Byron’s Arboreal Imagination

5th June 2024


Lydia Shaw

5.30-6.30pm GMT


Ticket registration here.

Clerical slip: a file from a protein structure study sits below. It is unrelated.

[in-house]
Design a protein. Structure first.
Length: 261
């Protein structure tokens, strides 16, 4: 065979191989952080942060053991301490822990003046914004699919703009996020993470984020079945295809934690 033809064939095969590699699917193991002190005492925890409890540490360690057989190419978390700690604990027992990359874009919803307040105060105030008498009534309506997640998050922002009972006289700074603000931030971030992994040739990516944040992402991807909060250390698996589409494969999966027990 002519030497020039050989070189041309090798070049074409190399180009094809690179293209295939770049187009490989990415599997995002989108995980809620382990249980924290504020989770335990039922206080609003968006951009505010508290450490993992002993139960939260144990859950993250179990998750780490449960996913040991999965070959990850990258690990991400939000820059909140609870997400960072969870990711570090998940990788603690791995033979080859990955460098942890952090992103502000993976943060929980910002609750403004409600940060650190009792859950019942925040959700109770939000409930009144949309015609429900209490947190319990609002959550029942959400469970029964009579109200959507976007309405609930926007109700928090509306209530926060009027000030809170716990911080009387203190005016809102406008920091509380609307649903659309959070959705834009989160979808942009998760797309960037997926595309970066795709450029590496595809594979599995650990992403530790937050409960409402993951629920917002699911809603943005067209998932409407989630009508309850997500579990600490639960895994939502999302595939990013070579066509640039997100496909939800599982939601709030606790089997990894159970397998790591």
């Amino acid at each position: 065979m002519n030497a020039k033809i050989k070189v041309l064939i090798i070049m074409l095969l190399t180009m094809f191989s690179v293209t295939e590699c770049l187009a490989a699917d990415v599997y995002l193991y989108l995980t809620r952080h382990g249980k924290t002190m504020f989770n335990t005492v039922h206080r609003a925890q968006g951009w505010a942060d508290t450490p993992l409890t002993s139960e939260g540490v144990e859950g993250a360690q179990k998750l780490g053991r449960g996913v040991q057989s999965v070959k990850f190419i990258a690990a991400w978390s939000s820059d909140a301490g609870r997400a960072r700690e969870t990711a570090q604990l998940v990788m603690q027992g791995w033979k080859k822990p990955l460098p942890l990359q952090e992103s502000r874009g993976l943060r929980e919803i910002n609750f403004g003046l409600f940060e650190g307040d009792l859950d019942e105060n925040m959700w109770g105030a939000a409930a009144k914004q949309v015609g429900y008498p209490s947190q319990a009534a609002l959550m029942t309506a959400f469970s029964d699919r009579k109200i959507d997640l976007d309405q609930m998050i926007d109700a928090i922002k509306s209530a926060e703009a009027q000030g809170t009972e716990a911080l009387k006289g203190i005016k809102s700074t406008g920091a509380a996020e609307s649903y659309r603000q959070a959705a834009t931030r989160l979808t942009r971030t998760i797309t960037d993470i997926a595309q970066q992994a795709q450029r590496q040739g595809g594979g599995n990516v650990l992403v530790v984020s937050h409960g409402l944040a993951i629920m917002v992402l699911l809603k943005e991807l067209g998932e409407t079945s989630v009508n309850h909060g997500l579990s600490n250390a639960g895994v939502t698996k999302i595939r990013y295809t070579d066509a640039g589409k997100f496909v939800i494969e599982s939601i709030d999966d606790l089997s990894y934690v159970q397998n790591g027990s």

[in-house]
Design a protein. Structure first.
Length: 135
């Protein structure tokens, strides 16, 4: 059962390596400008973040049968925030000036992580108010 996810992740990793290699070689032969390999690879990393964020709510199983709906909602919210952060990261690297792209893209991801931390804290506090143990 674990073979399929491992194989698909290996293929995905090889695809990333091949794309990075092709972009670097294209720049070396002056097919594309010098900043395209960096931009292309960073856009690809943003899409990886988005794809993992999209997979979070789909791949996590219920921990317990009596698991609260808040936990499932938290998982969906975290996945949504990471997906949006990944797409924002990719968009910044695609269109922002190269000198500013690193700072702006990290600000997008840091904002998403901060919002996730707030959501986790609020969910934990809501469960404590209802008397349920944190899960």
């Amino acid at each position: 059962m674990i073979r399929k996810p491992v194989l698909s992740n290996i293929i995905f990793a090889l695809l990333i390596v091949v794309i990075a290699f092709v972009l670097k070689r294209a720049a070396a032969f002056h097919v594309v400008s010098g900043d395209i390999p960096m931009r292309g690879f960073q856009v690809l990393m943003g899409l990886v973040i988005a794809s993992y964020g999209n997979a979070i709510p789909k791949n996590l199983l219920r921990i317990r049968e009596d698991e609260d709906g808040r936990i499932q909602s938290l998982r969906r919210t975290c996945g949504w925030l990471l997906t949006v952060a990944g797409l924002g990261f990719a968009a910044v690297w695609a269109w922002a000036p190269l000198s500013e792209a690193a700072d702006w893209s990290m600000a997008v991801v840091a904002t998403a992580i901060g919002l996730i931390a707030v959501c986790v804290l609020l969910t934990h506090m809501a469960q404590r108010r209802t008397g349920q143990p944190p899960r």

Written in 1807, Byron’s poem ‘To An Oak at Newstead Abbey’ focuses upon England’s national tree. When a boy, Byron planted an Oak tree in the grounds of Newstead Abbey, but on returning to his home in 1807 after time away at university, he found find the beloved Oak tree choked by weeds and dying. This talk explores Byron’s representation of his own evolving exilic identity, and his views concerning the growth of the individual mind, and of nations and empires, through the imagery of trees. The durability of trees, despite their susceptibility to disease and decay, analogises human suffering and perseverance, of living with and through melancholy, something the brooding writings of Byron vividly portray. This multifaceted use of arboreal imagery marries Byron’s exilic identity with the fabric of the countries which he both dwells in, and travels through. To map Byron’s growing identity, I start by looking at Oak trees, which have deep relations to England and specifically to Byron’s ancestral home of Newstead before identifying different tree species, such as the Cypress, Pine, and Upas, as I trace Byron’s journey, through the figure of Childe Harold, across Europe.